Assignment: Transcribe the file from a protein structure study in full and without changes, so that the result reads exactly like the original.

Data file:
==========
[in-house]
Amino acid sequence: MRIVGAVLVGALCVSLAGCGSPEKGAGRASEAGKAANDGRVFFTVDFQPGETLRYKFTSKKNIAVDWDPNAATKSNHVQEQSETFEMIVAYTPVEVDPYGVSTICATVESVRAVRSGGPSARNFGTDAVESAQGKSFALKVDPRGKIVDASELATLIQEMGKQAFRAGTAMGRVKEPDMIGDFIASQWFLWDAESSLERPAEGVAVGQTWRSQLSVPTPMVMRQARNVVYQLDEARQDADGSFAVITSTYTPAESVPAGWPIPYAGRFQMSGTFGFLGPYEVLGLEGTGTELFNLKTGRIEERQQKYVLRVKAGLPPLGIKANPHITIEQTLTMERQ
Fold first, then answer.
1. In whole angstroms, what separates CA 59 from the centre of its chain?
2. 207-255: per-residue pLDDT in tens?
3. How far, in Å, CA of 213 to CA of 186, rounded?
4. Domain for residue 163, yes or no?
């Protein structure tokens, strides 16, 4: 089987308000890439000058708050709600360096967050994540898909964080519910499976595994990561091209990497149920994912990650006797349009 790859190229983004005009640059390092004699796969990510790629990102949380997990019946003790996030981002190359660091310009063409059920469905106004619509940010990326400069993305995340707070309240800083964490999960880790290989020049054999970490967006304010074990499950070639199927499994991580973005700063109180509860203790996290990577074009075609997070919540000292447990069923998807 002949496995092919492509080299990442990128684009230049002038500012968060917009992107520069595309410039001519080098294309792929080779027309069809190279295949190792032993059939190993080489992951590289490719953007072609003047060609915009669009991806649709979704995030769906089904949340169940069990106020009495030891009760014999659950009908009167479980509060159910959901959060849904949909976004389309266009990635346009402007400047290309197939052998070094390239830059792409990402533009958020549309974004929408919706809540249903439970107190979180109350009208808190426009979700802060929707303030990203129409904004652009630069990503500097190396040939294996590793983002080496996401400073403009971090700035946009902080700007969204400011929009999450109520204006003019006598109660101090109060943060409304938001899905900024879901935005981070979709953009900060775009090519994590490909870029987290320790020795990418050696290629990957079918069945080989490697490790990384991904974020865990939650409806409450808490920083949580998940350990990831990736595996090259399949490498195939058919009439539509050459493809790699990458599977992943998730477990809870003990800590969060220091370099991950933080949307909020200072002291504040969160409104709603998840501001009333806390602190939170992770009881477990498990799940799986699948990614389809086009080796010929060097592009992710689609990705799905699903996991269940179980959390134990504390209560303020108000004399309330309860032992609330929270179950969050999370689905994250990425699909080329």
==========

[in-house]
Amino acid sequence: MRIVGAVLVGALCVSLAGCGSPEKGAGRASEAGKAANDGRVFFTVDFQPGETLRYKFTSKKNIAVDWDPNAATKSNHVQEQSETFEMIVAYTPVEVDPYGVSTICATVESVRAVRSGGPSARNFGTDAVESAQGKSFALKVDPRGKIVDASELATLIQEMGKQAFRAGTAMGRVKEPDMIGDFIASQWFLWDAESSLERPAEGVAVGQTWRSQLSVPTPMVMRQARNVVYQLDEARQDADGSFAVITSTYTPAESVPAGWPIPYAGRFQMSGTFGFLGPYEVLGLEGTGTELFNLKTGRIEERQQKYVLRVKAGLPPLGIKANPHITIEQTLTMERQ
Fold first, then answer.
1. In whole angstroms, what separates CA 59 from the centre of its chain?
2. 207-255: per-residue pLDDT in tens?
3. How far, in Å, CA of 213 to CA of 186, rounded?
4. Domain for residue 163, yes or no?
């Protein structure tokens, strides 16, 4: 089987308000890439000058708050709600360096967050994540898909964080519910499976595994990561091209990497149920994912990650006797349009 790859190229983004005009640059390092004699796969990510790629990102949380997990019946003790996030981002190359660091310009063409059920469905106004619509940010990326400069993305995340707070309240800083964490999960880790290989020049054999970490967006304010074990499950070639199927499994991580973005700063109180509860203790996290990577074009075609997070919540000292447990069923998807 002949496995092919492509080299990442990128684009230049002038500012968060917009992107520069595309410039001519080098294309792929080779027309069809190279295949190792032993059939190993080489992951590289490719953007072609003047060609915009669009991806649709979704995030769906089904949340169940069990106020009495030891009760014999659950009908009167479980509060159910959901959060849904949909976004389309266009990635346009402007400047290309197939052998070094390239830059792409990402533009958020549309974004929408919706809540249903439970107190979180109350009208808190426009979700802060929707303030990203129409904004652009630069990503500097190396040939294996590793983002080496996401400073403009971090700035946009902080700007969204400011929009999450109520204006003019006598109660101090109060943060409304938001899905900024879901935005981070979709953009900060775009090519994590490909870029987290320790020795990418050696290629990957079918069945080989490697490790990384991904974020865990939650409806409450808490920083949580998940350990990831990736595996090259399949490498195939058919009439539509050459493809790699990458599977992943998730477990809870003990800590969060220091370099991950933080949307909020200072002291504040969160409104709603998840501001009333806390602190939170992770009881477990498990799940799986699948990614389809086009080796010929060097592009992710689609990705799905699903996991269940179980959390134990504390209560303020108000004399309330309860032992609330929270179950969050999370689905994250990425699909080329």